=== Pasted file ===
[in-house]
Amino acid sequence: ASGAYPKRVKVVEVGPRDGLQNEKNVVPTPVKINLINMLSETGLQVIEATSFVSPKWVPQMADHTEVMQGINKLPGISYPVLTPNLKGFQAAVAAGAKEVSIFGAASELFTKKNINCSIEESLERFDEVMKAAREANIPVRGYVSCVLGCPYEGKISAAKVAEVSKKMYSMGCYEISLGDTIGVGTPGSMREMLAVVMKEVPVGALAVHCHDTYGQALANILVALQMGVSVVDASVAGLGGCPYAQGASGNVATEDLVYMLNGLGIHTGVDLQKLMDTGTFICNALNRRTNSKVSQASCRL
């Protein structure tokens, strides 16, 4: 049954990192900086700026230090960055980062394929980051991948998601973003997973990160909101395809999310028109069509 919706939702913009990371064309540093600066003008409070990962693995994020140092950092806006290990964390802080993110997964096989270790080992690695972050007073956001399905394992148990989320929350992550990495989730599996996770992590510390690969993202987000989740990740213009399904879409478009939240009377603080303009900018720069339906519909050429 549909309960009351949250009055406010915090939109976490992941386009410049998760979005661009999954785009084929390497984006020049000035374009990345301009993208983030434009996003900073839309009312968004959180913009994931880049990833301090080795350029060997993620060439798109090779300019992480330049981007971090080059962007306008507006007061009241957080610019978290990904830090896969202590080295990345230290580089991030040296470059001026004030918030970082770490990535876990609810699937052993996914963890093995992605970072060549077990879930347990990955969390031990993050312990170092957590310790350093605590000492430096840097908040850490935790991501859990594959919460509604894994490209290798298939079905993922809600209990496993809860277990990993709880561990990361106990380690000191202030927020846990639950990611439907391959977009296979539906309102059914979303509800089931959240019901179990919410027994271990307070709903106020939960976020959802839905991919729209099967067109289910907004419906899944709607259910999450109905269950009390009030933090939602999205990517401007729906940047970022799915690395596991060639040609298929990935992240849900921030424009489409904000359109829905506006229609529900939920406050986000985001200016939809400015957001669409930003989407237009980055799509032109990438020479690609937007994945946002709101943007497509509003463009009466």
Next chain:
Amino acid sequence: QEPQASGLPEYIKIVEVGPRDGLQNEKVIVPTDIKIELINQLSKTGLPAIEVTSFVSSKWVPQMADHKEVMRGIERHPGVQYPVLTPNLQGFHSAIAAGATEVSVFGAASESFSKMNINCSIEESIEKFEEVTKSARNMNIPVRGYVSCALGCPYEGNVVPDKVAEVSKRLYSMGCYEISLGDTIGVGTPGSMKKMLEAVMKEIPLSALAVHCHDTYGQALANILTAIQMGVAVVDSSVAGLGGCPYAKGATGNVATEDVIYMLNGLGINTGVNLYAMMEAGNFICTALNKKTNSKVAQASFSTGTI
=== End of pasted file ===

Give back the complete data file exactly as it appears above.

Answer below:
[in-house]
Amino acid sequence: ASGAYPKRVKVVEVGPRDGLQNEKNVVPTPVKINLINMLSETGLQVIEATSFVSPKWVPQMADHTEVMQGINKLPGISYPVLTPNLKGFQAAVAAGAKEVSIFGAASELFTKKNINCSIEESLERFDEVMKAAREANIPVRGYVSCVLGCPYEGKISAAKVAEVSKKMYSMGCYEISLGDTIGVGTPGSMREMLAVVMKEVPVGALAVHCHDTYGQALANILVALQMGVSVVDASVAGLGGCPYAQGASGNVATEDLVYMLNGLGIHTGVDLQKLMDTGTFICNALNRRTNSKVSQASCRL
């Protein structure tokens, strides 16, 4: 049954990192900086700026230090960055980062394929980051991948998601973003997973990160909101395809999310028109069509 919706939702913009990371064309540093600066003008409070990962693995994020140092950092806006290990964390802080993110997964096989270790080992690695972050007073956001399905394992148990989320929350992550990495989730599996996770992590510390690969993202987000989740990740213009399904879409478009939240009377603080303009900018720069339906519909050429 549909309960009351949250009055406010915090939109976490992941386009410049998760979005661009999954785009084929390497984006020049000035374009990345301009993208983030434009996003900073839309009312968004959180913009994931880049990833301090080795350029060997993620060439798109090779300019992480330049981007971090080059962007306008507006007061009241957080610019978290990904830090896969202590080295990345230290580089991030040296470059001026004030918030970082770490990535876990609810699937052993996914963890093995992605970072060549077990879930347990990955969390031990993050312990170092957590310790350093605590000492430096840097908040850490935790991501859990594959919460509604894994490209290798298939079905993922809600209990496993809860277990990993709880561990990361106990380690000191202030927020846990639950990611439907391959977009296979539906309102059914979303509800089931959240019901179990919410027994271990307070709903106020939960976020959802839905991919729209099967067109289910907004419906899944709607259910999450109905269950009390009030933090939602999205990517401007729906940047970022799915690395596991060639040609298929990935992240849900921030424009489409904000359109829905506006229609529900939920406050986000985001200016939809400015957001669409930003989407237009980055799509032109990438020479690609937007994945946002709101943007497509509003463009009466």
Next chain:
Amino acid sequence: QEPQASGLPEYIKIVEVGPRDGLQNEKVIVPTDIKIELINQLSKTGLPAIEVTSFVSSKWVPQMADHKEVMRGIERHPGVQYPVLTPNLQGFHSAIAAGATEVSVFGAASESFSKMNINCSIEESIEKFEEVTKSARNMNIPVRGYVSCALGCPYEGNVVPDKVAEVSKRLYSMGCYEISLGDTIGVGTPGSMKKMLEAVMKEIPLSALAVHCHDTYGQALANILTAIQMGVAVVDSSVAGLGGCPYAKGATGNVATEDVIYMLNGLGINTGVNLYAMMEAGNFICTALNKKTNSKVAQASFSTGTI